Combined Heat and Power Focus

DECC's Free resource supporting the development of CHP

CHP Helpline 0845 365 5153 or 01235 753033

Study report, conclusions and recommendations

A detailed feasibility study should always conclude with a detailed study report. This should provide a comprehensive record of the work carried out and should be written in such a way that those who have not participated in the study gain a clear understanding of what has taken place, and what conclusions and recommendations have been made. The report should take care not to presume a knowledge or understanding of issues that may seem obvious to the project team.

The study report should:

  • Explain the background to the study.
  • Outline the facts and assumptions on which the work has been based.
  • Outline the procedures used.
  • Summarise the results obtained, including tabulations of the energy and cost calculations and the financial analysis.
  • Provide drawings that indicate the proposed location and layout of each option considered.
  • Incorporate diagrams of energy and process flows, and electrical system design.
  • Provide plans and elevations of proposed new buildings.

A high quality Executive Summary is a fundamental component of the report. This should contain a clear statement of the recommended course of action in terms of both plant selection and finance option. It should explain the rationale for selection, the implications for the company or organisation (including costs), and it should highlight the benefits to be achieved. It is this part of the document that senior management will read and that is likely to determine the project’s future.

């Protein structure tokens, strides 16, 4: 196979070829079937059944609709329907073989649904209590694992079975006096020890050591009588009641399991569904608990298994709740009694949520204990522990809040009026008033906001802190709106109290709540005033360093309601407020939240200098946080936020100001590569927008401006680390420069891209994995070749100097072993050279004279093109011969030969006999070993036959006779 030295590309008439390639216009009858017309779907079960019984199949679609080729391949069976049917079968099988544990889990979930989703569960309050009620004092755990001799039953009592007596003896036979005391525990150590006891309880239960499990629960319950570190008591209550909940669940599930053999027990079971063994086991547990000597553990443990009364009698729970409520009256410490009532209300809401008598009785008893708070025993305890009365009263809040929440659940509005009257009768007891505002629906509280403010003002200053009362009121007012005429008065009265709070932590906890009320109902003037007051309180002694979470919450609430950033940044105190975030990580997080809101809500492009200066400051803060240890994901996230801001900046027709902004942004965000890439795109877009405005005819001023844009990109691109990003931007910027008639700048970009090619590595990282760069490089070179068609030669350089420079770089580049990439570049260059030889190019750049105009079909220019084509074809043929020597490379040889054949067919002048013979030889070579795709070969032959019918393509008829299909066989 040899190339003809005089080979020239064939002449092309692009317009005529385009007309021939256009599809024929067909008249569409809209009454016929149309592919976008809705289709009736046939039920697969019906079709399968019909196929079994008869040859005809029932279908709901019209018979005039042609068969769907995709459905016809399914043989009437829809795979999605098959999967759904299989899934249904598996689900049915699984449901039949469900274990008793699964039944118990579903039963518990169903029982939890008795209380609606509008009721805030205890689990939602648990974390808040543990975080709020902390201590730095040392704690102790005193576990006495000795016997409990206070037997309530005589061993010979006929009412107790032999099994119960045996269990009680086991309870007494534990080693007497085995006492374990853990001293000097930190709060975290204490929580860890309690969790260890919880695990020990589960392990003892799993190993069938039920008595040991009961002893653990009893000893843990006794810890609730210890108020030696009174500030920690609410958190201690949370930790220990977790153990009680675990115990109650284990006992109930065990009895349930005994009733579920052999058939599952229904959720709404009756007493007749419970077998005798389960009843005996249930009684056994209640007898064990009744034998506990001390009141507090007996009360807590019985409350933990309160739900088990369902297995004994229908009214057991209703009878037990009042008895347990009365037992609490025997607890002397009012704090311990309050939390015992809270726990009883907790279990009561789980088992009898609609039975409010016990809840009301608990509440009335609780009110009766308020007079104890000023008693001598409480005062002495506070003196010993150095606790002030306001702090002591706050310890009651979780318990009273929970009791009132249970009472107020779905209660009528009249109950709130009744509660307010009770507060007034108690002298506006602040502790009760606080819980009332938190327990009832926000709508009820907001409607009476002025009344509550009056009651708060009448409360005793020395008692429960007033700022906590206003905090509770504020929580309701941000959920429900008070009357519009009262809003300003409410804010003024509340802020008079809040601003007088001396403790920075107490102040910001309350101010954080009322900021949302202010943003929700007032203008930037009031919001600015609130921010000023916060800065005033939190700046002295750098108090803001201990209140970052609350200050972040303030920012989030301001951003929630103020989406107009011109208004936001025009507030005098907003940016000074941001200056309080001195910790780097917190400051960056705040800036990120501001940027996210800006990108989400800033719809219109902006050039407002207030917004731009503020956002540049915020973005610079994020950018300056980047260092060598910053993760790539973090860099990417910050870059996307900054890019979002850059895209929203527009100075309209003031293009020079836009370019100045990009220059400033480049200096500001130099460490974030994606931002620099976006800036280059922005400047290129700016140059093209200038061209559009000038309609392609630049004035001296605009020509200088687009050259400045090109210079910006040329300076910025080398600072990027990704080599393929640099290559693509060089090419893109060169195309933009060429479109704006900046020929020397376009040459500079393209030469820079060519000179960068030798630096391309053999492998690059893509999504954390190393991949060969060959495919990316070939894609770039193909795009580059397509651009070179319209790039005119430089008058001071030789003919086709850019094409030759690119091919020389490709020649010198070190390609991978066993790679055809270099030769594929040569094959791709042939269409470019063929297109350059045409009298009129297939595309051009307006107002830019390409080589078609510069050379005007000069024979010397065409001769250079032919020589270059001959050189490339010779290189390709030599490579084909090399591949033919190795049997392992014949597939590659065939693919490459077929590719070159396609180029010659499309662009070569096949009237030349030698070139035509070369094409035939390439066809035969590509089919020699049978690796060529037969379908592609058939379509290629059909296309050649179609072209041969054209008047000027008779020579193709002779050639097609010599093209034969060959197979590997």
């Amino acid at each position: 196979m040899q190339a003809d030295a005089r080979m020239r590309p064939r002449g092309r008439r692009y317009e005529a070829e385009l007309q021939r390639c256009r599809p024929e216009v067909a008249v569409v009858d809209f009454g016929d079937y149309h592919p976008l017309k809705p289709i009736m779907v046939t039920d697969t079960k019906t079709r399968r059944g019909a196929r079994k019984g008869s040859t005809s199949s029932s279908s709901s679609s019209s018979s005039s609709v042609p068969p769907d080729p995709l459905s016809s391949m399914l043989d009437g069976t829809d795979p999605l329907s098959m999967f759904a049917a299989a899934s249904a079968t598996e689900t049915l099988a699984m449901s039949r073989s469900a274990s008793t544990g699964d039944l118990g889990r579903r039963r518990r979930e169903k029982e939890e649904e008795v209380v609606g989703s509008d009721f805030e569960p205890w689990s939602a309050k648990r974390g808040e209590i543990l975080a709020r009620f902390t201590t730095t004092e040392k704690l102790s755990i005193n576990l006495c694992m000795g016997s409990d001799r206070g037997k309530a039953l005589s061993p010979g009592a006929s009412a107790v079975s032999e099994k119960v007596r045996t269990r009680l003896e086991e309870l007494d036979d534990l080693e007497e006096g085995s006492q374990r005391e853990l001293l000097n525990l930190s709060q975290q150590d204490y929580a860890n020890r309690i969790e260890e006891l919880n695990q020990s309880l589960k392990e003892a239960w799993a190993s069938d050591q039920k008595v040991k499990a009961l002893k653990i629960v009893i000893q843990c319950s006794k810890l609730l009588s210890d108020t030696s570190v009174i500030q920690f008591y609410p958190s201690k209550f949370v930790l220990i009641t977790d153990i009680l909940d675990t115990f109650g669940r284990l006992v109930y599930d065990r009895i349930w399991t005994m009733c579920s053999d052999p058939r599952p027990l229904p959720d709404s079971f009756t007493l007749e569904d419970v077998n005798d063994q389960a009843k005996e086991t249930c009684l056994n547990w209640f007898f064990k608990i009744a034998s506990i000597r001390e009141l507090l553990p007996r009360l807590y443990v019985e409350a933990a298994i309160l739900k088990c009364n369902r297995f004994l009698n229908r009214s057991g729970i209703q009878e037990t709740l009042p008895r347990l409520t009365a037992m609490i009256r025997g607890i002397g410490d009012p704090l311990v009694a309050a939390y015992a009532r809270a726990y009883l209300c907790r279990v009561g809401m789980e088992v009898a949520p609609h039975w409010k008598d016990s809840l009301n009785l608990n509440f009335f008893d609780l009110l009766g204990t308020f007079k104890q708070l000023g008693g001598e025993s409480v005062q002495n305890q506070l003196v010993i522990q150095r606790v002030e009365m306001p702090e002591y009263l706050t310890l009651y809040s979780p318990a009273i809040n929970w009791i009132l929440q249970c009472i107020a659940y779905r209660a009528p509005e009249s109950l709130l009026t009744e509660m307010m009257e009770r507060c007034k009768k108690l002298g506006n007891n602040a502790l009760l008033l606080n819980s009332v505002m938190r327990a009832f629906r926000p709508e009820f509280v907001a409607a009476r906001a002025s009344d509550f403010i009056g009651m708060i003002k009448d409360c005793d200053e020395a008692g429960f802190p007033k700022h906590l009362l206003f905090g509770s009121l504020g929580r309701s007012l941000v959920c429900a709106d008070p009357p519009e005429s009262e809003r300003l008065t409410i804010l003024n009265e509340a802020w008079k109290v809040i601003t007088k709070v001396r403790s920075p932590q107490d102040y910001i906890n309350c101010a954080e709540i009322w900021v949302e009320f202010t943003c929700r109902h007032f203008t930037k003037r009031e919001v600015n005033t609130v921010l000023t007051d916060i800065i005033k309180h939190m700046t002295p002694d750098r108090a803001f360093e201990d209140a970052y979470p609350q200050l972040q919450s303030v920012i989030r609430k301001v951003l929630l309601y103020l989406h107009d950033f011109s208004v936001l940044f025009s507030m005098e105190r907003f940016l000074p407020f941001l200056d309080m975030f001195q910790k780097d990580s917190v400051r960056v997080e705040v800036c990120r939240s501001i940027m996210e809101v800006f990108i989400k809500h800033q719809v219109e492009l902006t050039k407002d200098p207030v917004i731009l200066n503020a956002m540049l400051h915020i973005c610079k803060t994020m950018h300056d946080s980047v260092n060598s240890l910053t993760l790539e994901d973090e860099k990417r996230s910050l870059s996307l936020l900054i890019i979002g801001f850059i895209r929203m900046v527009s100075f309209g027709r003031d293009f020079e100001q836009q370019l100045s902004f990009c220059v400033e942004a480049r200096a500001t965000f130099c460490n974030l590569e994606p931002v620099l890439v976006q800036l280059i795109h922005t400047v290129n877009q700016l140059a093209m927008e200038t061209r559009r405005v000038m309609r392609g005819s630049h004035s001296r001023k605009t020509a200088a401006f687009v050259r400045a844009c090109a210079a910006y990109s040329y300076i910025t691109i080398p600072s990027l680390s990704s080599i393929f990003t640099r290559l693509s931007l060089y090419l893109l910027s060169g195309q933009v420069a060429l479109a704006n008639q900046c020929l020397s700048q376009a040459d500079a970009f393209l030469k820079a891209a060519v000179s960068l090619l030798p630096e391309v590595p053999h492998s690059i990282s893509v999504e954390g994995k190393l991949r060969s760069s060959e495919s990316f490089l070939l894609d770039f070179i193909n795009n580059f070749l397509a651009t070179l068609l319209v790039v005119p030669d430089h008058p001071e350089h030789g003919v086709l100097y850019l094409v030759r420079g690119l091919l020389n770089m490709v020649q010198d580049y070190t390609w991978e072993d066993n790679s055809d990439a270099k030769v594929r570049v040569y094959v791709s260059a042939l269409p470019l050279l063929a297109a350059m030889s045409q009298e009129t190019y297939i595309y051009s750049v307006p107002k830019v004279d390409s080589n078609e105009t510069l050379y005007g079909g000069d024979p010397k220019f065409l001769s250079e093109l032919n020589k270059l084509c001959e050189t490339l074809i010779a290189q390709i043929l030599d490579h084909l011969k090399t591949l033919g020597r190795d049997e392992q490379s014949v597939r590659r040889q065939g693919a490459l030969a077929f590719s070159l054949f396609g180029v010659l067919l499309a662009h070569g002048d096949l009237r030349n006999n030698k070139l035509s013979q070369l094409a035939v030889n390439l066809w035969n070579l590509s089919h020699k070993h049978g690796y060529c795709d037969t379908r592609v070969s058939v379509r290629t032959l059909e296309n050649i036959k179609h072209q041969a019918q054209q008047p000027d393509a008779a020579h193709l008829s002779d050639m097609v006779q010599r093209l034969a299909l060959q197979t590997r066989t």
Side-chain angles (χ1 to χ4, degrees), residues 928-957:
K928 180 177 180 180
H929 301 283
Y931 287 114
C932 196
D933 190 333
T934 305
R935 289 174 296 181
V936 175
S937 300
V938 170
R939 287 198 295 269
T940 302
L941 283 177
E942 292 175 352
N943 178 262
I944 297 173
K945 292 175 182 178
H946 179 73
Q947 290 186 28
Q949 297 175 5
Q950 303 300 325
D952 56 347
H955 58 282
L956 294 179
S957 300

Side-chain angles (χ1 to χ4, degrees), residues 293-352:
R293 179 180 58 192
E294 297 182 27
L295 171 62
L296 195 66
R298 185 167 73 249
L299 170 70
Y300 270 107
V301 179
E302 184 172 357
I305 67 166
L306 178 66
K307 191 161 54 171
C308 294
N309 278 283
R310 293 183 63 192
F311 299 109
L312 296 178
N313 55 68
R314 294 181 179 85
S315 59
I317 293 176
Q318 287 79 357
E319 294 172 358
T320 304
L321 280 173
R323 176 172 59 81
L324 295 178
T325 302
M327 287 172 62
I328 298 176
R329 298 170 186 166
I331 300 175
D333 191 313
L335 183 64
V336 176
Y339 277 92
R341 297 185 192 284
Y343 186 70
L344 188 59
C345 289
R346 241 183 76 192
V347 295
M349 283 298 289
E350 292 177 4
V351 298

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UK CHP Development Map

UK CHP Development Map

UK CHP Development Map

UK CHP Development Map Screenshot

The UK CHP Development Tool is the latest version of the map, originally developed as a tool aimed at assisting power station developers consider the opportunities for supplying heat and development of combined heat and power (CHP) as required under planning policy. However, it can also be used by both small and large organisations to help identify the locations where the supply of CHP heat would have the greatest potential, and therefore the largest positive environmental impact.

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